This article originally appeared on Brightest Young Things
We asked Shrake, head of Story League, for some tips about being funny when telling a story. Rather than write the list himself, he solicited responses from eight previous Story League winners, aka people who have made money for telling a funny story. ~BYT
MISTAKE: Not being clear on WHY you want to tell this story publicly. FIX:Give it the “So What? Test” before you even pitch your idea, i.e., What would make anyone care about this beyond me (and possibly my closest friends)?
MISTAKE: Not telling enough fart stories. FIX: Eat at Ben’s Chili Bowl more often.
MISTAKE: Telling a story for the first time… on stage. You’ve never told this story to anyone in your life; now you’re telling it to a room full of people who paid to hear a good story. FIX: Tell your story first to friends, coworkers, family, etc., to see if it passes the test — and to make sure it all makes sense! Stories that kill at bars, parties, and other social settings will most likely kill on stage too.
MISTAKE: Your story isn’t a story, but rather a weird, rambling string of loosely related anecdotes. FIX: Pick the best option off your cluster of anecdotes and commit to it. Then, eliminate anything that does not contribute to the arc of the story.
MISTAKE: Memorizing your story, word for word. FIX: Know your story generally and practice different routes of getting to the next plot point or joke. Tell it out loud, either to yourself, or a friend — in person or by phone. (My dog knows all my stories.) By “knowing” your story instead of “reciting” as written (monologue style = boring), you give yourself flexibility in your performance and seem more natural to the crowd. Much better than quaking in fear that you will choke as your panicked brain tries to remember the exact word or phrase you wrote.
MISTAKE: Not making yourself vulnerable. You can tell a funny story about things that happened and your role in those events, but it won’t be memorable unless you put yourself out there. FIX: Reflect honestly on what you felt and how you may have appeared to others even if it makes you look “bad,” because those are the moments when the audience really connects with you and your story.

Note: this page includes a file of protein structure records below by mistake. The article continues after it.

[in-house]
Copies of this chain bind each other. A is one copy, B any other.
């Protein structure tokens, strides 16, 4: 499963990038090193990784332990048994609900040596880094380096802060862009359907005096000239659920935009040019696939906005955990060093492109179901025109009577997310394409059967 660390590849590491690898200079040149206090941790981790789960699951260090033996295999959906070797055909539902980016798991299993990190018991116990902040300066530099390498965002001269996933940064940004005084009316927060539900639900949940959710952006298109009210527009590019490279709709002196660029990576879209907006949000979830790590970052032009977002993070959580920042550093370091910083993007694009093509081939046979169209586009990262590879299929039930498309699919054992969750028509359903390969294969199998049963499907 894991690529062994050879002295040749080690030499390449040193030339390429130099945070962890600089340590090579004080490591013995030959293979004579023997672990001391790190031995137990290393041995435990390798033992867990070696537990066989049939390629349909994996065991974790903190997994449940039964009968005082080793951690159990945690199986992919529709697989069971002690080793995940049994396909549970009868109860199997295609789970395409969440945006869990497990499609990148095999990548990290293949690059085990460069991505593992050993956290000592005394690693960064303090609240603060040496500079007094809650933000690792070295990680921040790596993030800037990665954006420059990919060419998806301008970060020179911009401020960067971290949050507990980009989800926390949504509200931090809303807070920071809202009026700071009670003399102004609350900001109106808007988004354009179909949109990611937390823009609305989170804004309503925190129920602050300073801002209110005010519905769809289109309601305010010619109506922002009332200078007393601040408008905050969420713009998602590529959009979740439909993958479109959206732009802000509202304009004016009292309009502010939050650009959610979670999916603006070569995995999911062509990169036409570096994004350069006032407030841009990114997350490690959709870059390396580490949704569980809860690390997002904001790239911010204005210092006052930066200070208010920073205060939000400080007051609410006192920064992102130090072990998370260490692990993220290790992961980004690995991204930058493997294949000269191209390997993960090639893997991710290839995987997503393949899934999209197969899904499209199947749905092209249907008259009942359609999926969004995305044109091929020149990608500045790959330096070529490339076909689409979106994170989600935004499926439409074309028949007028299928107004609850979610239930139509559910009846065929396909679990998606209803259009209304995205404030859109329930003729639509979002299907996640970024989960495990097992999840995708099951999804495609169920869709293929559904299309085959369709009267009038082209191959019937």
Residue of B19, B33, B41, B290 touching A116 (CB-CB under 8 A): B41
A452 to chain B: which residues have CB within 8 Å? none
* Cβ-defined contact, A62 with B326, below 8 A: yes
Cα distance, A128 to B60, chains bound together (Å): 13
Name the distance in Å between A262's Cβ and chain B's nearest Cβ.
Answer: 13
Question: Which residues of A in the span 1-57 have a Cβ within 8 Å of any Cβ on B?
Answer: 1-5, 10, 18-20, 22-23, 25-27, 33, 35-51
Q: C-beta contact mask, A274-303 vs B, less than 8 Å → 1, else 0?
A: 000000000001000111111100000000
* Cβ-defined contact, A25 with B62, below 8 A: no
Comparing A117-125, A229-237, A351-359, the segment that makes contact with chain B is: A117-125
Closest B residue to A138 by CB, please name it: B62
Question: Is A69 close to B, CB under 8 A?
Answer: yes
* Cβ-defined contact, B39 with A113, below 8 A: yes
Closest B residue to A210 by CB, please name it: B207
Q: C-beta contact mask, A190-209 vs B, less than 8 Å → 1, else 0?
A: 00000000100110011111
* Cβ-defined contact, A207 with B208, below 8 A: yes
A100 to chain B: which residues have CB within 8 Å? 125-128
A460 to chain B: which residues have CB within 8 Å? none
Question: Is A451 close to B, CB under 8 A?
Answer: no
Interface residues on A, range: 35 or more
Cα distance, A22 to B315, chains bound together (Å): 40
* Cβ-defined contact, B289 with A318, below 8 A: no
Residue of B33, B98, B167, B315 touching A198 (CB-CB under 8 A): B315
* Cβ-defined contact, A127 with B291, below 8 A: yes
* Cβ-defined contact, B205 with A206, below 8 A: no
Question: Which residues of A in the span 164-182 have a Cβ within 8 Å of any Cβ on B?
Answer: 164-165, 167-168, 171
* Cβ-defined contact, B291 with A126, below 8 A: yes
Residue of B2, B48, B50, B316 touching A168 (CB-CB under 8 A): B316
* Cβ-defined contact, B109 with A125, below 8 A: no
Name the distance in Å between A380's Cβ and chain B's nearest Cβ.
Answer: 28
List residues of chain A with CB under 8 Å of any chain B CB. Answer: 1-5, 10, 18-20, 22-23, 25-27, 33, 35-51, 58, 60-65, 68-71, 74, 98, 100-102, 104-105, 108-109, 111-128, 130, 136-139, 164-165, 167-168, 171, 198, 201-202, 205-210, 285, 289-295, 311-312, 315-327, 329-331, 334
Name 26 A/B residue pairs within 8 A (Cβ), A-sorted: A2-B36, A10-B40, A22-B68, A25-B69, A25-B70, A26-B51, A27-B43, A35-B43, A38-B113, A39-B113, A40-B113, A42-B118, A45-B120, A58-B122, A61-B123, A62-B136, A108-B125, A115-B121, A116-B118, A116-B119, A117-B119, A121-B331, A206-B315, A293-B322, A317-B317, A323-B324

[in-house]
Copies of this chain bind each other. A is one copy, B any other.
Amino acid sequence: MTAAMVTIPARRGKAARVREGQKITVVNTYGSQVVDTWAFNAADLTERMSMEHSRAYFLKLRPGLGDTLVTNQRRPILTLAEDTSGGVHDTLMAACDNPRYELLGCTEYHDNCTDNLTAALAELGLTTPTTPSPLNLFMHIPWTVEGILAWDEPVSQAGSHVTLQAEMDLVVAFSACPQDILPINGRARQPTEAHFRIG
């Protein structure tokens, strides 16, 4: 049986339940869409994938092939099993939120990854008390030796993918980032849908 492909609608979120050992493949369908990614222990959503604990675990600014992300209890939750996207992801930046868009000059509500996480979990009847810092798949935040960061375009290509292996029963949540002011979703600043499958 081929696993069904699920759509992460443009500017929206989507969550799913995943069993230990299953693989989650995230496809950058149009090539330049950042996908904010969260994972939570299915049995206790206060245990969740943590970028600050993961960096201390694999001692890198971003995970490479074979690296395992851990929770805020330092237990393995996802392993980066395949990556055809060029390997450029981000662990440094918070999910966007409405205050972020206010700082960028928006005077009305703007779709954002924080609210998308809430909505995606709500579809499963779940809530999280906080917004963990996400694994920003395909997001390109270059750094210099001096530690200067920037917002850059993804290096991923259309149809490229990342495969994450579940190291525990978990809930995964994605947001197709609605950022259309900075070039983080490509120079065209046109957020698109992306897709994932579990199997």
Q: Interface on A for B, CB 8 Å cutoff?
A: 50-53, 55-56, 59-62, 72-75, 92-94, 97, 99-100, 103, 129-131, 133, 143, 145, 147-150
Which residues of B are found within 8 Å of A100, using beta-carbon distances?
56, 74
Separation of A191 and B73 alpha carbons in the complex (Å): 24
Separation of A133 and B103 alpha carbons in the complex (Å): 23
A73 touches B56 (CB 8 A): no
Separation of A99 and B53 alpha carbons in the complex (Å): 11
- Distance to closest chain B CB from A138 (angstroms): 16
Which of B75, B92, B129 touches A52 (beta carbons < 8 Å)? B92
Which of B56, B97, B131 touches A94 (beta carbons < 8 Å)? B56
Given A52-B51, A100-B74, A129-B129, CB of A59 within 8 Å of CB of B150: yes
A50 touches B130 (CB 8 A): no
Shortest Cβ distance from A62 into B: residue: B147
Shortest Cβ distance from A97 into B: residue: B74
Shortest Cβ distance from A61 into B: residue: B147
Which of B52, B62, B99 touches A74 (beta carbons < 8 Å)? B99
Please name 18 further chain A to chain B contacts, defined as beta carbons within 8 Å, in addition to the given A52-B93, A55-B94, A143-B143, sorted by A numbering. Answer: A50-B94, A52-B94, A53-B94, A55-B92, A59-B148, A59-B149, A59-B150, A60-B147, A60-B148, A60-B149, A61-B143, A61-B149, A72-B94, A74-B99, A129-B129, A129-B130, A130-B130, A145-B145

MISTAKE: Your story doesn’t have an ending. After the climax, you find yourself petering out with an awkward laugh and, “So, yeah….” FIX: Ask yourself how you changed during the story. Did it give you a new perspective? Did you learn something? Did it make you say “never again”? The audience wants to know who you were at the beginning and who you are now. Try to express that, but not literally with, “And so, the moral of the story is…”
MISTAKE: Standing too far from the microphone. FIX: You want your mouth to be about an inch from the mic. It feels too close, but it works. When you hold the mic an arm’s length away, like an “American Idol” contestant belting out the final note of some Usher song, you just can’t be heard — and if no one hears your story, no one can like your story.
MISTAKE: Stepping on laughter and/or waiting for the laughter you think should have come. FIX: Let yourself and the audience soak in the fact that something you said just made the WHOLE ROOM laugh, and don’t let that moment pass by speeding through your story. Also, just because you say something that you believe is funny doesn’t mean the audience will agree, so don’t stand there looking dumbfounded that your witty retort or reference didn’t get the laugh you wanted. Just relax, ’cause the crowd will tell you what is funny and what is whimsical and cute.